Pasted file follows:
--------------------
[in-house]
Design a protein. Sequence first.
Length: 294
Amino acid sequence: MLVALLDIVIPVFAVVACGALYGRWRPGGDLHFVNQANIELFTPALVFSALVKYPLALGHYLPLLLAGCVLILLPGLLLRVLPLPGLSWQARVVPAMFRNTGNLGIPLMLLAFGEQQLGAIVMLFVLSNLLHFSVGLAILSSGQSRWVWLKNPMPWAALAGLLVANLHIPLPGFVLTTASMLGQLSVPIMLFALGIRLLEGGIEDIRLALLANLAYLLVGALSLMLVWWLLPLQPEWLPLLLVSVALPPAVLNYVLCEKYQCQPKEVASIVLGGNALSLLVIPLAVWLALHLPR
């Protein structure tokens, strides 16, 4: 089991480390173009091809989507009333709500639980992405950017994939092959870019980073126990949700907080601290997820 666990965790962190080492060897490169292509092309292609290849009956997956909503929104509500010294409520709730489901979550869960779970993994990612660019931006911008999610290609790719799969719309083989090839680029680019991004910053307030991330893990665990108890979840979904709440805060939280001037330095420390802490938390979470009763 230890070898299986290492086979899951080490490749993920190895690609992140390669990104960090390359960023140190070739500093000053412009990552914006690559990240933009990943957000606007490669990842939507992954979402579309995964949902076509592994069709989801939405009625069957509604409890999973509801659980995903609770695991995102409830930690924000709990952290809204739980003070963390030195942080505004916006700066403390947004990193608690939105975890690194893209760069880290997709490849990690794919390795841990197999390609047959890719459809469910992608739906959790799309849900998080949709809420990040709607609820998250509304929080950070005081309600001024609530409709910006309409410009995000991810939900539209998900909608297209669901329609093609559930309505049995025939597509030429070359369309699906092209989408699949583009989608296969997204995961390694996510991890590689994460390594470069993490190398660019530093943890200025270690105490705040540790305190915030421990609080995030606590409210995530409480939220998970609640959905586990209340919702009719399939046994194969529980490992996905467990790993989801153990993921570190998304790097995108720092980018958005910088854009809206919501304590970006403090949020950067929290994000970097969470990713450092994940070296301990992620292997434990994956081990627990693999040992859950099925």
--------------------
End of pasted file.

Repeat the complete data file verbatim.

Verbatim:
[in-house]
Design a protein. Sequence first.
Length: 294
Amino acid sequence: MLVALLDIVIPVFAVVACGALYGRWRPGGDLHFVNQANIELFTPALVFSALVKYPLALGHYLPLLLAGCVLILLPGLLLRVLPLPGLSWQARVVPAMFRNTGNLGIPLMLLAFGEQQLGAIVMLFVLSNLLHFSVGLAILSSGQSRWVWLKNPMPWAALAGLLVANLHIPLPGFVLTTASMLGQLSVPIMLFALGIRLLEGGIEDIRLALLANLAYLLVGALSLMLVWWLLPLQPEWLPLLLVSVALPPAVLNYVLCEKYQCQPKEVASIVLGGNALSLLVIPLAVWLALHLPR
């Protein structure tokens, strides 16, 4: 089991480390173009091809989507009333709500639980992405950017994939092959870019980073126990949700907080601290997820 666990965790962190080492060897490169292509092309292609290849009956997956909503929104509500010294409520709730489901979550869960779970993994990612660019931006911008999610290609790719799969719309083989090839680029680019991004910053307030991330893990665990108890979840979904709440805060939280001037330095420390802490938390979470009763 230890070898299986290492086979899951080490490749993920190895690609992140390669990104960090390359960023140190070739500093000053412009990552914006690559990240933009990943957000606007490669990842939507992954979402579309995964949902076509592994069709989801939405009625069957509604409890999973509801659980995903609770695991995102409830930690924000709990952290809204739980003070963390030195942080505004916006700066403390947004990193608690939105975890690194893209760069880290997709490849990690794919390795841990197999390609047959890719459809469910992608739906959790799309849900998080949709809420990040709607609820998250509304929080950070005081309600001024609530409709910006309409410009995000991810939900539209998900909608297209669901329609093609559930309505049995025939597509030429070359369309699906092209989408699949583009989608296969997204995961390694996510991890590689994460390594470069993490190398660019530093943890200025270690105490705040540790305190915030421990609080995030606590409210995530409480939220998970609640959905586990209340919702009719399939046994194969529980490992996905467990790993989801153990993921570190998304790097995108720092980018958005910088854009809206919501304590970006403090949020950067929290994000970097969470990713450092994940070296301990992620292997434990994956081990627990693999040992859950099925």